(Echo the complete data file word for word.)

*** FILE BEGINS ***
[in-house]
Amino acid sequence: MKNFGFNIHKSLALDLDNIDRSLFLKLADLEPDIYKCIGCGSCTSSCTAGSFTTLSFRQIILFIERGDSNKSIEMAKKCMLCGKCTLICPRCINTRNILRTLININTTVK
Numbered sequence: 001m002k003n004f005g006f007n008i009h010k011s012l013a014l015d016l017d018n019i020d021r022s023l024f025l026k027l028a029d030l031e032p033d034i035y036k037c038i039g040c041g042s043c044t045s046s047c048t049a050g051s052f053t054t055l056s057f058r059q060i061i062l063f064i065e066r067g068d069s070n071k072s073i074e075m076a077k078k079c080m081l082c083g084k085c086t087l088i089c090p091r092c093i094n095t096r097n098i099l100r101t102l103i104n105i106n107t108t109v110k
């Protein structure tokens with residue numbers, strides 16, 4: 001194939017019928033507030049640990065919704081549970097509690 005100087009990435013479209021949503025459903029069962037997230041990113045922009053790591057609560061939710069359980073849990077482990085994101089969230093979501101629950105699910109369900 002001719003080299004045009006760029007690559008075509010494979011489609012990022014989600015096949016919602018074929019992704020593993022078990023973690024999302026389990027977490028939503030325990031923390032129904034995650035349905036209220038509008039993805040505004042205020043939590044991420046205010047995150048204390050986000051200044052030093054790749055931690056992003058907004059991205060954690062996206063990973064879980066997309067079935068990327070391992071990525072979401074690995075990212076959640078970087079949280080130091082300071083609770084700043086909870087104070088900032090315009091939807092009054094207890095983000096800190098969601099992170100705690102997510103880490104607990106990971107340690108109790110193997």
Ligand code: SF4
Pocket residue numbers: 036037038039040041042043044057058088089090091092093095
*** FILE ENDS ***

[in-house]
Amino acid sequence: MKNFGFNIHKSLALDLDNIDRSLFLKLADLEPDIYKCIGCGSCTSSCTAGSFTTLSFRQIILFIERGDSNKSIEMAKKCMLCGKCTLICPRCINTRNILRTLININTTVK
Numbered sequence: 001m002k003n004f005g006f007n008i009h010k011s012l013a014l015d016l017d018n019i020d021r022s023l024f025l026k027l028a029d030l031e032p033d034i035y036k037c038i039g040c041g042s043c044t045s046s047c048t049a050g051s052f053t054t055l056s057f058r059q060i061i062l063f064i065e066r067g068d069s070n071k072s073i074e075m076a077k078k079c080m081l082c083g084k085c086t087l088i089c090p091r092c093i094n095t096r097n098i099l100r101t102l103i104n105i106n107t108t109v110k
């Protein structure tokens with residue numbers, strides 16, 4: 001194939017019928033507030049640990065919704081549970097509690 005100087009990435013479209021949503025459903029069962037997230041990113045922009053790591057609560061939710069359980073849990077482990085994101089969230093979501101629950105699910109369900 002001719003080299004045009006760029007690559008075509010494979011489609012990022014989600015096949016919602018074929019992704020593993022078990023973690024999302026389990027977490028939503030325990031923390032129904034995650035349905036209220038509008039993805040505004042205020043939590044991420046205010047995150048204390050986000051200044052030093054790749055931690056992003058907004059991205060954690062996206063990973064879980066997309067079935068990327070391992071990525072979401074690995075990212076959640078970087079949280080130091082300071083609770084700043086909870087104070088900032090315009091939807092009054094207890095983000096800190098969601099992170100705690102997510103880490104607990106990971107340690108109790110193997």
Ligand code: SF4
Pocket residue numbers: 036037038039040041042043044057058088089090091092093095